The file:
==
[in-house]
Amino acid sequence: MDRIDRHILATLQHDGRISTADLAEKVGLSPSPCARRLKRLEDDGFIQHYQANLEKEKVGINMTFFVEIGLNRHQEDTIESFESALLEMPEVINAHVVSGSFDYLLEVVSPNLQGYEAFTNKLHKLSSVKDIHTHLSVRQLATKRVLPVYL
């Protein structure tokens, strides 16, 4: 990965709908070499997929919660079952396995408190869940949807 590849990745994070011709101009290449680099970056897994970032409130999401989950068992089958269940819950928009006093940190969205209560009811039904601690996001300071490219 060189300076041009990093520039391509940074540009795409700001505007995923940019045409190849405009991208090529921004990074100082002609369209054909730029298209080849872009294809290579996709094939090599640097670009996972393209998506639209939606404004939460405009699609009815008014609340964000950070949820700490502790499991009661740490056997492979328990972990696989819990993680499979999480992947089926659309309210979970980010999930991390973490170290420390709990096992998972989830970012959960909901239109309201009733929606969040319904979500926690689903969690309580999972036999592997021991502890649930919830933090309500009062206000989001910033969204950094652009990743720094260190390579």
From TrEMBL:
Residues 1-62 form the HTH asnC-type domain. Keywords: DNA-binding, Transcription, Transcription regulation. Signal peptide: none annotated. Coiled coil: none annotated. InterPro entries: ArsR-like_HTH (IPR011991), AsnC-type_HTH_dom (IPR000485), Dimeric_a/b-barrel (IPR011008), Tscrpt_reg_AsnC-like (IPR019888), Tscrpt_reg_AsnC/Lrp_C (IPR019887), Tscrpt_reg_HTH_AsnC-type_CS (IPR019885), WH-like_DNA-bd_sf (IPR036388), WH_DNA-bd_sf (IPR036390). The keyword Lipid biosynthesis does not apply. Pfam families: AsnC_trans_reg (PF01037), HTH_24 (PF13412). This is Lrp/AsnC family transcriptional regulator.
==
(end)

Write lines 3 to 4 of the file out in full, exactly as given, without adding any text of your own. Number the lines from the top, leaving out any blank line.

């Protein structure tokens, strides 16, 4: 990965709908070499997929919660079952396995408190869940949807 590849990745994070011709101009290449680099970056897994970032409130999401989950068992089958269940819950928009006093940190969205209560009811039904601690996001300071490219 060189300076041009990093520039391509940074540009795409700001505007995923940019045409190849405009991208090529921004990074100082002609369209054909730029298209080849872009294809290579996709094939090599640097670009996972393209998506639209939606404004939460405009699609009815008014609340964000950070949820700490502790499991009661740490056997492979328990972990696989819990993680499979999480992947089926659309309210979970980010999930991390973490170290420390709990096992998972989830970012959960909901239109309201009733929606969040319904979500926690689903969690309580999972036999592997021991502890649930919830933090309500009062206000989001910033969204950094652009990743720094260190390579």
From TrEMBL: